Vegetable Fats May Lengthen Lives of Prostate Cancer Patients
Eating vegetable fats, like those found in avocados, nuts, seeds and olive oil may significantly lengthen the lives of patients with prostate cancer.
A new study published in the journal JAMA Internal Medicine involved 4,577 men diagnosed with non- metastatic prostate cancer between 1986 and 2010.
Study results revealed that a total of 1,064 men died. Of those men, 31 percent died from cardiovascular disease, 21 percent from prostate cancer and about 21 percent from other cancers.
Researchers found that patients who had substituted 10 percent of their daily calories from carbohydrates with vegetable fats were 29 percent less likely to die from prostate cancer over an eight-year period. What's more, these men were also 26 percent less likely to die of other causes like heart disease.
Further analysis revealed that an extra serving or 1 ounce of nuts per day was equivalent to an 11 percent lower risk of death from any cause. Researchers also found that an extra serving of oil-based dressing or 1 tablespoon per day was equivalent to a 29 percent lower risk of developing lethal prostate cancer and a 26 percent lower risk of dying from all causes.
"Overall, our findings support counseling men with prostate cancer to follow a heart-healthy diet in which carbohydrate calories are replaced with unsaturated oils and nuts to reduce the risk of all-cause mortality," lead author Erin Richman said in a news release.
Researchers said this is the first study to look at the effect of fat consumption on the prostate cancer survival in men already diagnosed with the disease. However, they note that the study only found an association and cannot prove a causal link between vegetable fat consumption and prostate cancer survival.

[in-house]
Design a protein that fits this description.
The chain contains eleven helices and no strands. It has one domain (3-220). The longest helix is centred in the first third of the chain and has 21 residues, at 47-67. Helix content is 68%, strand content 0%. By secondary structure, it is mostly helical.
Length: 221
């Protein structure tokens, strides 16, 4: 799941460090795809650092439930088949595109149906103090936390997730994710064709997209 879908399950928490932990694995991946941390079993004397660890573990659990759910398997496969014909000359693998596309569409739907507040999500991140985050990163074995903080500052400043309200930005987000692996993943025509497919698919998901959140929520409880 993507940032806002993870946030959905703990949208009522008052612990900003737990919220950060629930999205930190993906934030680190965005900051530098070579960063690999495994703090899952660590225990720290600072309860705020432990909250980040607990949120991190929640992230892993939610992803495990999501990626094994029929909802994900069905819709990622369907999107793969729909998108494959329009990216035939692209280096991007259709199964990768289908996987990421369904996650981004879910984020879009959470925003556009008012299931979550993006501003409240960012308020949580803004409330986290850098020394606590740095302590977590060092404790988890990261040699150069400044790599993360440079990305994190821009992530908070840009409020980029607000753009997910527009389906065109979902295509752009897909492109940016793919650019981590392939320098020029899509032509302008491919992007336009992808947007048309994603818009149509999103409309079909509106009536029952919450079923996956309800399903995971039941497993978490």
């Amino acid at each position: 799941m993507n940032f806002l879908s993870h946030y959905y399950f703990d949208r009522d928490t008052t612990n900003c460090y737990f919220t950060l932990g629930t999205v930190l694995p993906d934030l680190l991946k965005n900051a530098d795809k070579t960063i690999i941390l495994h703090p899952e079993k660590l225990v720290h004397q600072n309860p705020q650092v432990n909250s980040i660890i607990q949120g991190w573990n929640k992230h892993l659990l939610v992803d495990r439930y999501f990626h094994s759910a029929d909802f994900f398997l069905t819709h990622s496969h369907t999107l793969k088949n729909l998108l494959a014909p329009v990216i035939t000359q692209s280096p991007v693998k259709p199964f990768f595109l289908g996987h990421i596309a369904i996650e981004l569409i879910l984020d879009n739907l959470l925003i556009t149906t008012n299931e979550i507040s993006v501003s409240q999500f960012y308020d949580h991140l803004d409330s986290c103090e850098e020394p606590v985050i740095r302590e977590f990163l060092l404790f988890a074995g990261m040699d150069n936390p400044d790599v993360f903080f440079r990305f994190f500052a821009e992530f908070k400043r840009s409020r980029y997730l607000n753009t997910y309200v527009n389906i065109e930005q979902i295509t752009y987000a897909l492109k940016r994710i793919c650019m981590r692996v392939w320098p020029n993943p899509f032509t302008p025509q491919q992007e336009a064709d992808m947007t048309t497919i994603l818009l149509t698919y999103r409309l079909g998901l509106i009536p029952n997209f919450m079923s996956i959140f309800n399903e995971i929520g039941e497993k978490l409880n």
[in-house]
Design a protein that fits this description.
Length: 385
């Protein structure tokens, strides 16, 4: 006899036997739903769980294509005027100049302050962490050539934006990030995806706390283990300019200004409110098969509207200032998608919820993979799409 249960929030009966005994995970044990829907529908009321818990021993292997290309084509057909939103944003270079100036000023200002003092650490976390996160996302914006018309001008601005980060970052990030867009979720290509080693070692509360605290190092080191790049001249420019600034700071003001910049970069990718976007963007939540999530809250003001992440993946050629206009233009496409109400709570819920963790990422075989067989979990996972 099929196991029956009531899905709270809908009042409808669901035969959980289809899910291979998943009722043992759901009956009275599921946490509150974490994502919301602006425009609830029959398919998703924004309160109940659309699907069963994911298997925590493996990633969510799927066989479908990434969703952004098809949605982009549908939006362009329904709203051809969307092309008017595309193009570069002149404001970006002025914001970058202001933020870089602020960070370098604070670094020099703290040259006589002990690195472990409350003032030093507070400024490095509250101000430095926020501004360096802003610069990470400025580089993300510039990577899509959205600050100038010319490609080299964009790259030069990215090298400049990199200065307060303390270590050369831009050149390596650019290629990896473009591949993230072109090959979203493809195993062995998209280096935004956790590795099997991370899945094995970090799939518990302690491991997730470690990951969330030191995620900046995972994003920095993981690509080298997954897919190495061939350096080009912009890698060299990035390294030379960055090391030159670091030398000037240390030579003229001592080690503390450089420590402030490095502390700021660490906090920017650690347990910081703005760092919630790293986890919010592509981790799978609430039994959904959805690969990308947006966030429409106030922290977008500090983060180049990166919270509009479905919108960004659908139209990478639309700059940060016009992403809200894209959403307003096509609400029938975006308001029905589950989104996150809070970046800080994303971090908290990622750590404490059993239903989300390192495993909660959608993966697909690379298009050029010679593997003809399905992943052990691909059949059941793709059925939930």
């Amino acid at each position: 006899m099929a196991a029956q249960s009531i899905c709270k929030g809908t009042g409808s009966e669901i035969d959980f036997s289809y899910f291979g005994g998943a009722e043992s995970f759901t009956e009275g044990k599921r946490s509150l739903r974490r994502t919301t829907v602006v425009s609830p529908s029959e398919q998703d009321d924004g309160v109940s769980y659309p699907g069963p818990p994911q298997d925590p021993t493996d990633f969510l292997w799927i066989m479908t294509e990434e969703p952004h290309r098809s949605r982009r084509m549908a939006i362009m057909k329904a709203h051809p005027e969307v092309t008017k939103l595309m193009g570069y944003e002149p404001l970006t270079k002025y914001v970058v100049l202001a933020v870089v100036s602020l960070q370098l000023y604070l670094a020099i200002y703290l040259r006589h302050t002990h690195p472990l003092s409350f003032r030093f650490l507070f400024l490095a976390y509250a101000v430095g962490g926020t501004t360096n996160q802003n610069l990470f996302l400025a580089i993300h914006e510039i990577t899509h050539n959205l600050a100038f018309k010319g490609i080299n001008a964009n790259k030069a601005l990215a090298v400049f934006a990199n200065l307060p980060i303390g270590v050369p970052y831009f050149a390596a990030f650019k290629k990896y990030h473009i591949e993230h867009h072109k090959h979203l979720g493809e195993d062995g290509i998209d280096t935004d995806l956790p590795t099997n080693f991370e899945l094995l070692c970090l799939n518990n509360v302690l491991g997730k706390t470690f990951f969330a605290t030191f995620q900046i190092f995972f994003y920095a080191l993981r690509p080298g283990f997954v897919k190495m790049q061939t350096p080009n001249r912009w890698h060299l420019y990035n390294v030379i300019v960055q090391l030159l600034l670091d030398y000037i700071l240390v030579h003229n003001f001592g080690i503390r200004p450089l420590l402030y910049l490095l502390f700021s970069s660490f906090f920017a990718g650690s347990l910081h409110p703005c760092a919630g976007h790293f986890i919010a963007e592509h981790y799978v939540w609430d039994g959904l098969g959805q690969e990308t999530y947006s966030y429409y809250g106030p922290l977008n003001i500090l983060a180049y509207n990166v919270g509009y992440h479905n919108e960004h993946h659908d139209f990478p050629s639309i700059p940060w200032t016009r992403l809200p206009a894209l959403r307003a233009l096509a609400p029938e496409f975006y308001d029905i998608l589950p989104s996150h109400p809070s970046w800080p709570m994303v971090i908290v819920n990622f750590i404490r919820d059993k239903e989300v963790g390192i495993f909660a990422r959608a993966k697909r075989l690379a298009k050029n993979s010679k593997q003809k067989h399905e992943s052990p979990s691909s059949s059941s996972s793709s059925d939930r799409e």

Although the study took into account factors like age, body mass index, smoking, exercise, medical treatments and, researchers stressed there may be other factors that explain the link. They say more studies are needed on the potential benefits of healthy fats among prostate cancer patients.
Dr. Stephen Freedland, of the Duke University Medical Center in Durham, N.C., wrote in an accompanying article that obesity is the only controllable factor known to be definitively linked to death from prostate cancer.
"Thus, avoiding obesity is essential," Freedland said, adding that the latest findings suggest replacing unhealthy foods with healthy fats may be one way to prevent obesity. However, he notes that more studies are needed to determine whether the newfound link is due to lower consumption of unhealthy foods or increased consumption of healthy foods.
Prostate cancer is one of the most common types of cancer in men. Prostate cancer usually grows slowing and initially remains confined to the prostate gland, where it may not cause serious harm. However, some types of prostate cancer are aggressive and can quickly spread to other parts of the body.
According to researchers, nearly 2.5 million men in the U.S. currently live with prostate cancer, and another quarter-million men will be diagnosed this year.